Paramount sets ‘eight in four’ goal to quadruple sales
Paramount Trading Jamaica, PTL, set a new record for annual sales revenue this year and followed up with its best ever turnover in a quarter for the three-month period ending August. Now the lubricants trading and chemical manufacturing company...
Paramount Trading Jamaica, PTL, set a new record for annual sales revenue this year and followed up with its best ever turnover in a quarter for the three-month period ending August.
Now the lubricants trading and chemical manufacturing company founded by Hugh Graham has set a goal to quadruple revenue in four years.
“We are looking at growing our top line to four times in four years. Using the tagline ‘Eight in Four’, we want to move total revenue, which is about $2 billion per year, to $8 billion in four years,” Paramount Managing Director & CEO Graham told the Financial Gleaner.
The plan, which was announced to PTL shareholders on the weekend was formulated at a management retreat in August.
Paramount’s annual sales slipped to $1.4 billion in 2021 but resurged to a new high of $1.72 billion at year ending May 2022. The revenue of $595 million subsequently generated by the company is the June-August quarter marked the first time since listing on the junior market of the Jamaica Stock Exchange a decade ago that Paramount has scored above half-billion in sales in a three-month period.
Graham is banking on the trend continuing to hit the $8 billion target by 2026.
Paramount has no big spending plans behind the initiative but intends to leverage existing technological aids, put unused capacity into production, and double down on efficient output, that is, getting maximum products out the door and into the hands of its customers and consumers at least cost.
The company also continues to scout for new talent to help drive the operation.
“We have an ERP system but people were afraid of it, so everybody was using everything else but the ERP system. The company had expended US$154,000 to acquire the system and another US$3,000 per month for maintenance but we weren’t using it,” he said.
ERP, or enterprise resource planning, is software that is used to manage the day-to-day business of a company. It helps manage through integration of elements of the business, such as accounting, human resources, procurement, customer relationships or CRM, supply chain, manufacturing, engineering, maintenance, projects and others.
To orient the company and staff towards digitisation, Dr Jacqueline Leckie-Johnson was given the dual title of chief financial officer and chief digital strategist when she was brought on board on July to replace long-time CFO Junior Levine.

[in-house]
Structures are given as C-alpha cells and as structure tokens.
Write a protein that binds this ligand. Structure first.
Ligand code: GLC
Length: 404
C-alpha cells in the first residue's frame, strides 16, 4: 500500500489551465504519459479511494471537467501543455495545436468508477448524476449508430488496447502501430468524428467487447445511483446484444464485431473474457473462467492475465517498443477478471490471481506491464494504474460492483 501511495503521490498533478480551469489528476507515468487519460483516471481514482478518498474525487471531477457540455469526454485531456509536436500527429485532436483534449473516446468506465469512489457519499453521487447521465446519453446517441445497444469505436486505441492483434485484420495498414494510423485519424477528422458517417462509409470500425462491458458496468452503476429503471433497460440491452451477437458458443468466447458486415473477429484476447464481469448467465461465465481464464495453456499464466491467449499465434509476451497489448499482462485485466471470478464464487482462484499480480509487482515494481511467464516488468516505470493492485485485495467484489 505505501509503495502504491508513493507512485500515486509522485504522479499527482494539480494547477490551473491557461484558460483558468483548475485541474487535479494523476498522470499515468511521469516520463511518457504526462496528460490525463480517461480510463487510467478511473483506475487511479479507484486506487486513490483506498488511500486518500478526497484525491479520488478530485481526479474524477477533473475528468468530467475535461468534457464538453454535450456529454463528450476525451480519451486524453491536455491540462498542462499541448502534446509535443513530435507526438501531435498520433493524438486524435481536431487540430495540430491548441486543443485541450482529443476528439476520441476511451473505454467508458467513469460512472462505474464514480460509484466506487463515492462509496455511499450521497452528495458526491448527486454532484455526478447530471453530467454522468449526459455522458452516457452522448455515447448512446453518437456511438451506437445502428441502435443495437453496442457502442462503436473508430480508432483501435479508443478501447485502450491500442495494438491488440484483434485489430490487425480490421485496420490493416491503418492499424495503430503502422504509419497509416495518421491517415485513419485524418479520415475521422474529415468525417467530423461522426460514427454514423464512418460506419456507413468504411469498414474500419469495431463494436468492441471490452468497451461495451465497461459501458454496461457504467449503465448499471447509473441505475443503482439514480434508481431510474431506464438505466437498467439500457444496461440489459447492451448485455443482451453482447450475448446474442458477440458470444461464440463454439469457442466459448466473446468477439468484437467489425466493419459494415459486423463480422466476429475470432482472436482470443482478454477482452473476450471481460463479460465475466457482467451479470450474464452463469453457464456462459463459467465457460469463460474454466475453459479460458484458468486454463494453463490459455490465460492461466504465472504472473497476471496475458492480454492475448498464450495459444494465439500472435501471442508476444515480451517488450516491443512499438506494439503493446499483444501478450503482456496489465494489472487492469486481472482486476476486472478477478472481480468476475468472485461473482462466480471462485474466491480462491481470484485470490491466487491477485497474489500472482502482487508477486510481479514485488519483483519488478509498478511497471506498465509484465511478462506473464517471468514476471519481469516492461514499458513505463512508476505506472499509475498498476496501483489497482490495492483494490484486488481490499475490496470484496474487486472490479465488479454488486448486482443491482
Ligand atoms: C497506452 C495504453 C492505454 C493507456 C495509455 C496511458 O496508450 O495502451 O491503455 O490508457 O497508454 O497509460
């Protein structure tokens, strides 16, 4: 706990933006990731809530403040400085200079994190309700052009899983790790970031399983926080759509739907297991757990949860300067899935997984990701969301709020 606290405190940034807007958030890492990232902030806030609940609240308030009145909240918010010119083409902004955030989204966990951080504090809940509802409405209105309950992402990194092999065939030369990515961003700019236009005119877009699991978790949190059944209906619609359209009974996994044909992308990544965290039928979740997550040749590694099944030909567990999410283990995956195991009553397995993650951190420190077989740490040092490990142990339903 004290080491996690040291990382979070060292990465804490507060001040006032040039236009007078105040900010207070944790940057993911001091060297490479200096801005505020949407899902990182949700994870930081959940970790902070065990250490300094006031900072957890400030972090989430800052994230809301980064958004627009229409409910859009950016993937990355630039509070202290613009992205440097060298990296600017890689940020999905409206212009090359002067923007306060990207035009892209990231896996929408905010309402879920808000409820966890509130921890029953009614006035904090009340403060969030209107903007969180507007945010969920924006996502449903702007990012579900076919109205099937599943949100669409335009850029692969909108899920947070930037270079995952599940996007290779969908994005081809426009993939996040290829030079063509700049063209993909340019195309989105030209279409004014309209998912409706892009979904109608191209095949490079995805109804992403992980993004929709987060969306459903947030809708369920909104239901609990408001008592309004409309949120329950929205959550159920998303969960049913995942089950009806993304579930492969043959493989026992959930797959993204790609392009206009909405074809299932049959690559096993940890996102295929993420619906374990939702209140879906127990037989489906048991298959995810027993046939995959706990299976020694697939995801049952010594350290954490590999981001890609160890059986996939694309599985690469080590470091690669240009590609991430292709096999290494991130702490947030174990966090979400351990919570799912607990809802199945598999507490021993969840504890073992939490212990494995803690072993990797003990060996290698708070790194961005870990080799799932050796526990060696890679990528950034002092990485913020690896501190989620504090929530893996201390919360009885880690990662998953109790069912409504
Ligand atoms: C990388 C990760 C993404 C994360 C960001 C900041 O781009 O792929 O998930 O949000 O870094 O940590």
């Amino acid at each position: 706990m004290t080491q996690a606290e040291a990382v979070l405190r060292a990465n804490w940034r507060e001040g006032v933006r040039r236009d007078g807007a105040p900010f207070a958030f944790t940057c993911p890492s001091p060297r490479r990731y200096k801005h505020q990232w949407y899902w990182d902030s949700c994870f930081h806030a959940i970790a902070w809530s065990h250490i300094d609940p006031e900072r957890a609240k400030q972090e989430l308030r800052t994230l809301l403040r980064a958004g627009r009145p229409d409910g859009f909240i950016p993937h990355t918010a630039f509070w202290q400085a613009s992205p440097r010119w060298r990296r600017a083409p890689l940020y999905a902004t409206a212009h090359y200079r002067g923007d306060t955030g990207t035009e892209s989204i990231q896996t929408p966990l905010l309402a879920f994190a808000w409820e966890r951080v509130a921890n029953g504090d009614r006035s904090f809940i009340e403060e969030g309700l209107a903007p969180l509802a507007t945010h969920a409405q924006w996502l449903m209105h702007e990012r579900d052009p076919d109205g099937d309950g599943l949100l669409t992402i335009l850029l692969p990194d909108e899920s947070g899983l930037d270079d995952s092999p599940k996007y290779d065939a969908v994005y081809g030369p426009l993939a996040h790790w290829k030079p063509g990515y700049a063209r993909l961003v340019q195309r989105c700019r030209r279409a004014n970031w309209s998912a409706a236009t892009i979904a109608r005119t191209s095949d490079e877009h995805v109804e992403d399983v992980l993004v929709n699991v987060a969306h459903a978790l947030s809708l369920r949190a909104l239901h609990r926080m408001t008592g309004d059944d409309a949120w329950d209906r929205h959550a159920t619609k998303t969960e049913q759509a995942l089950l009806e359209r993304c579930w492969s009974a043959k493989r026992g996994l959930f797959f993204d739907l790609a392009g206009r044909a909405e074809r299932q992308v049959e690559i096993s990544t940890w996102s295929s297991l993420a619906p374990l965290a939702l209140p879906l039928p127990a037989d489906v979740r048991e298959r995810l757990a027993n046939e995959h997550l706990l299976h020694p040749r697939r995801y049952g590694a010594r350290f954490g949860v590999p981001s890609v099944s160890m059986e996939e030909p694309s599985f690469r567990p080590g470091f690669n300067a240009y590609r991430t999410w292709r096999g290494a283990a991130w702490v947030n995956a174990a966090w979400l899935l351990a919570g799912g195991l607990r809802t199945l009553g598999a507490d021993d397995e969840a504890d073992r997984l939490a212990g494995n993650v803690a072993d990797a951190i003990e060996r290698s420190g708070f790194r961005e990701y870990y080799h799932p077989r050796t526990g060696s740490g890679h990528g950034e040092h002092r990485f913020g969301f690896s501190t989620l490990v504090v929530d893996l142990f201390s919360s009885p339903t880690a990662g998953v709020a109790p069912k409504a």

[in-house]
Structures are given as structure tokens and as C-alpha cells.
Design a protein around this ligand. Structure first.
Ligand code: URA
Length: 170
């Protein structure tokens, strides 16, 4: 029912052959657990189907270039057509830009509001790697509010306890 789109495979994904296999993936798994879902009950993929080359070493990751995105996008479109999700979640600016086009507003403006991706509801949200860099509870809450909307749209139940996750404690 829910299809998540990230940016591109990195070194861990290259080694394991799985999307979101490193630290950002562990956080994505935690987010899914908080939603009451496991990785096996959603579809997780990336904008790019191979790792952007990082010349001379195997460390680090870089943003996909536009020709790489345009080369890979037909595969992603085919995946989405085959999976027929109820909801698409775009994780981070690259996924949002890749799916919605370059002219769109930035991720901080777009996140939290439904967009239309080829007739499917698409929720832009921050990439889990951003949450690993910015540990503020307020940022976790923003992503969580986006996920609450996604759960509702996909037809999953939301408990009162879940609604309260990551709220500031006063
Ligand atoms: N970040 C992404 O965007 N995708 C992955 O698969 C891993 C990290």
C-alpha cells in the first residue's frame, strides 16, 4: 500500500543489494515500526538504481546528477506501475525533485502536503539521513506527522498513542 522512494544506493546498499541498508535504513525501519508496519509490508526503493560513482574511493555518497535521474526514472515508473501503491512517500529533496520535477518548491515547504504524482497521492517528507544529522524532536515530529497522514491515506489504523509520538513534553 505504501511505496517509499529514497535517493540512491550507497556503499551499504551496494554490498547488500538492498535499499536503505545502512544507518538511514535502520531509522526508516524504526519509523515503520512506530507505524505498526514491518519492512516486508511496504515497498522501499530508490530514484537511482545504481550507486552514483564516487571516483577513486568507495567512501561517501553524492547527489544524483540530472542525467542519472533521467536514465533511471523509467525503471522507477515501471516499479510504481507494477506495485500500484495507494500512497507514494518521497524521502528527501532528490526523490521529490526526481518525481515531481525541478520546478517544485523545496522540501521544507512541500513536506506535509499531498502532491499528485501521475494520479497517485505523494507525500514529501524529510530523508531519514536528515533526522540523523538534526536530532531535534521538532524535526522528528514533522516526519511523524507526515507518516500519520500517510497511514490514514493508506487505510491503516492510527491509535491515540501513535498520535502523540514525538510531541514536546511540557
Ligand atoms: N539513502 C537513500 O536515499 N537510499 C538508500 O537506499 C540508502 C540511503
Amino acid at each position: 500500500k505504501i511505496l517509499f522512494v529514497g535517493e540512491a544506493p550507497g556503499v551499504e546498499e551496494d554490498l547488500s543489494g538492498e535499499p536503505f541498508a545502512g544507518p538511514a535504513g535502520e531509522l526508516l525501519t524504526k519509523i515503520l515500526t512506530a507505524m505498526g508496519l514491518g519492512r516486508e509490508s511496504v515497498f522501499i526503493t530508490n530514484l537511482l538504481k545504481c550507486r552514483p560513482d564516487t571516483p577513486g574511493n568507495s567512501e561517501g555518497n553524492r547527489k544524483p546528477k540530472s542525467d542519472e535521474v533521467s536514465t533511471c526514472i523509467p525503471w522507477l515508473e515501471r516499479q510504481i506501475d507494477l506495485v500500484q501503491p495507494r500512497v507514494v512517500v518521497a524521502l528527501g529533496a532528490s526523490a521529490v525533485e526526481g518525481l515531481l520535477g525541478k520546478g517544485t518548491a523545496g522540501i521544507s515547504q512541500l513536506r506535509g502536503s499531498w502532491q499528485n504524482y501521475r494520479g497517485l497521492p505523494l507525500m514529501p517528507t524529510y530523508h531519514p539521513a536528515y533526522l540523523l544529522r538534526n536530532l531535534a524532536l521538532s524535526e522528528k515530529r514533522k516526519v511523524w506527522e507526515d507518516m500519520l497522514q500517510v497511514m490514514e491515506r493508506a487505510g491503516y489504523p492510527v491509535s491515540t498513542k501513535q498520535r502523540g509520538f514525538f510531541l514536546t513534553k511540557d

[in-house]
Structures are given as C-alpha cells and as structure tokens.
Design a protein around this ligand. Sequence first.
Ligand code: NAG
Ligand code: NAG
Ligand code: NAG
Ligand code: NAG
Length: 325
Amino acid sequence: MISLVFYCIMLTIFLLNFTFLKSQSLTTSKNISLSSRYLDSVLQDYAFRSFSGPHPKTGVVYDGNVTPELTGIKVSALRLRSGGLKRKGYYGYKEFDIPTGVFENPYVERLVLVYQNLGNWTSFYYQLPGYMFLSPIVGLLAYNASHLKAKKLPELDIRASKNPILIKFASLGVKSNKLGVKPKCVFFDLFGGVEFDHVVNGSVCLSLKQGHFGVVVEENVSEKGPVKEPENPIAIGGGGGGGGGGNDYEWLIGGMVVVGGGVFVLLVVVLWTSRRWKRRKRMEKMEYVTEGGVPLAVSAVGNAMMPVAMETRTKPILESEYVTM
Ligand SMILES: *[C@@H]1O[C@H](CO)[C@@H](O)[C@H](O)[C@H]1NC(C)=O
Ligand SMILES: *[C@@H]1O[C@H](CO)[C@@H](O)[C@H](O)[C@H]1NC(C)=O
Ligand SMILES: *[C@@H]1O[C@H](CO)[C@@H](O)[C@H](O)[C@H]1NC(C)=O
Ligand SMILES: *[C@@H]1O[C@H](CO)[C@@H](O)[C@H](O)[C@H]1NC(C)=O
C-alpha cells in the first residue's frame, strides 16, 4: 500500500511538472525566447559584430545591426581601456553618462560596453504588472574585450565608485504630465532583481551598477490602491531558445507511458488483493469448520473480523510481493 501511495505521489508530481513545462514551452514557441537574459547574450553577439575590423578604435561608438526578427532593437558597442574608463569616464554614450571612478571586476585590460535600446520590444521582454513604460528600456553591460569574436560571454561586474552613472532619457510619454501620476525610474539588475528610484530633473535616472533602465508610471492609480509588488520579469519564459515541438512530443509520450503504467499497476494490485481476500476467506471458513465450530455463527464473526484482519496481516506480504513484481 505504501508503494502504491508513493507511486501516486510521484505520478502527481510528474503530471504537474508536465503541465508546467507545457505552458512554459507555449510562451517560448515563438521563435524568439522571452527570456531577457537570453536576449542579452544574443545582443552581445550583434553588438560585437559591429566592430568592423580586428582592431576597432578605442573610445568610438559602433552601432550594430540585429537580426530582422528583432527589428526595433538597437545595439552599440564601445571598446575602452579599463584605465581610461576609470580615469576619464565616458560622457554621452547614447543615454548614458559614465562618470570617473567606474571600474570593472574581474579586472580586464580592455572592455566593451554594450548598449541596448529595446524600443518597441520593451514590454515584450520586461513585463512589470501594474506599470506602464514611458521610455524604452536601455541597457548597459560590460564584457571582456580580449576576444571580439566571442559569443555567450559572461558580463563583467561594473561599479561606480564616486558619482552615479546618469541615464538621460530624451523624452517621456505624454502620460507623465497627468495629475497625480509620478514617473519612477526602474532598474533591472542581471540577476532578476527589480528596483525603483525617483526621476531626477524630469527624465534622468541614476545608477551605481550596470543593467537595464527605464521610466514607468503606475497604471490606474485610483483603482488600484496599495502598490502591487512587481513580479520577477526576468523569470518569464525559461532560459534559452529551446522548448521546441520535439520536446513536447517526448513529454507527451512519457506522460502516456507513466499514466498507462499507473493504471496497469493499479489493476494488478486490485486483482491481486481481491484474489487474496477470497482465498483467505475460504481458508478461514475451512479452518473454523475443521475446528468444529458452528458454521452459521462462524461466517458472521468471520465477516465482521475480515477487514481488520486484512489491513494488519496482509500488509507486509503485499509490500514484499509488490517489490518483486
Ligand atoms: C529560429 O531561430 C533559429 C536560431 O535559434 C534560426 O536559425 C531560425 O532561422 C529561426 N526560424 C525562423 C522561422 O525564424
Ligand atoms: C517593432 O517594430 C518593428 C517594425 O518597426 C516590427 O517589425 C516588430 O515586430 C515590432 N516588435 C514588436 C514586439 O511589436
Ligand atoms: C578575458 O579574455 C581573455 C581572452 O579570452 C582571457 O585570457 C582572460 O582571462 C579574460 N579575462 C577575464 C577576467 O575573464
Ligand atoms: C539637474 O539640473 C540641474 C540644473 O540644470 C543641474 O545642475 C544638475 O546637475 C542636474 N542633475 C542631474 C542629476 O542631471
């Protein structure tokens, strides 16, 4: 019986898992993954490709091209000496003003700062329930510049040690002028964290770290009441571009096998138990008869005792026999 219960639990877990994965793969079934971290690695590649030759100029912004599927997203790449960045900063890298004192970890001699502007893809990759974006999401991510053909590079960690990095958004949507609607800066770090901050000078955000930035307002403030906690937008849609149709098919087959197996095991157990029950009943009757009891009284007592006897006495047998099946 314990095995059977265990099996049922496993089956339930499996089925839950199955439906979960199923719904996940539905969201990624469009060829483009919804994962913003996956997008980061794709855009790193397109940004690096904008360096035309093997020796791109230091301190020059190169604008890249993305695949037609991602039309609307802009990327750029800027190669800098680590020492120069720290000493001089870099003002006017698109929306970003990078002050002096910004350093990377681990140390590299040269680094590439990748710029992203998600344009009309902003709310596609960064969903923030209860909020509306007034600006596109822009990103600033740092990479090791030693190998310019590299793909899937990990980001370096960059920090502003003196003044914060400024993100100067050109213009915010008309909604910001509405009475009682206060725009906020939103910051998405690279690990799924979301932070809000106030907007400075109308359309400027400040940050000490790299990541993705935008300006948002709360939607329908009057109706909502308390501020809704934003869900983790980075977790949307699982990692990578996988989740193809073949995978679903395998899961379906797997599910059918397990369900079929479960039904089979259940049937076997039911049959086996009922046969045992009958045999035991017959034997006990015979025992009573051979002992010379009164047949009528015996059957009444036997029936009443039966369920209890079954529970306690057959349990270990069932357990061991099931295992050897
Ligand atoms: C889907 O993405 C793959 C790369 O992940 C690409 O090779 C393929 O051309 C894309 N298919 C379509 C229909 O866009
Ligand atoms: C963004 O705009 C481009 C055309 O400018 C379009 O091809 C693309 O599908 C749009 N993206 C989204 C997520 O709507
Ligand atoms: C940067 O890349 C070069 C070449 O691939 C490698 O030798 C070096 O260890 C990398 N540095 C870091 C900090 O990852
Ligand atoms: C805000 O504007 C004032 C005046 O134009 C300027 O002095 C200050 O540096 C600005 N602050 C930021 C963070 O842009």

Leckie-Johnson told PTL shareholders at the company’s annual general meeting on the weekend that digital technology could help the company better understand the customers it serves.
“Step one is to have the whole company using this system and when we are doing that, we will have the data on our clients and giving us improved customer touch-points,” she said.
At a practical level, she said that through the use of the system, invoicing times had been reduced from 1-2 hours to 10-20 minutes, which has positive implications for productivity.
Amid the record August first quarter revenue, which climbed 61 per cent year on year, profit increased fourfold from $19 million to $84 million.
Graham reported that the company had derived gains from its trading activity, but now wanted to further exploit its manufacturing potential.
The company operates a lubes blending plant that it built, and a beach plant that it acquired from Seprod.
Paramount supplies about 60 per cent of the market for household and industrial strength bleach, and also blends low-sodium baking powder.
“With all of that investment in manufacturing, we weren’t focusing on growing those segments properly, allowing them to develop for the benefit of the company,” Graham said.
The company also white-labels for a number of companies, that is, it manufactures products for clients under contract, for example, it blends and bottles lubricants for petroleum marketing company Fesco, and supplies food manufacturing additives for bakeries, hotels and restaurants.
Graham noted that an important lesson from the COVID-19 pandemic was that in a time of country lockdowns and supply challenges, it is good to have manufacturing capacity to alleviate shortages.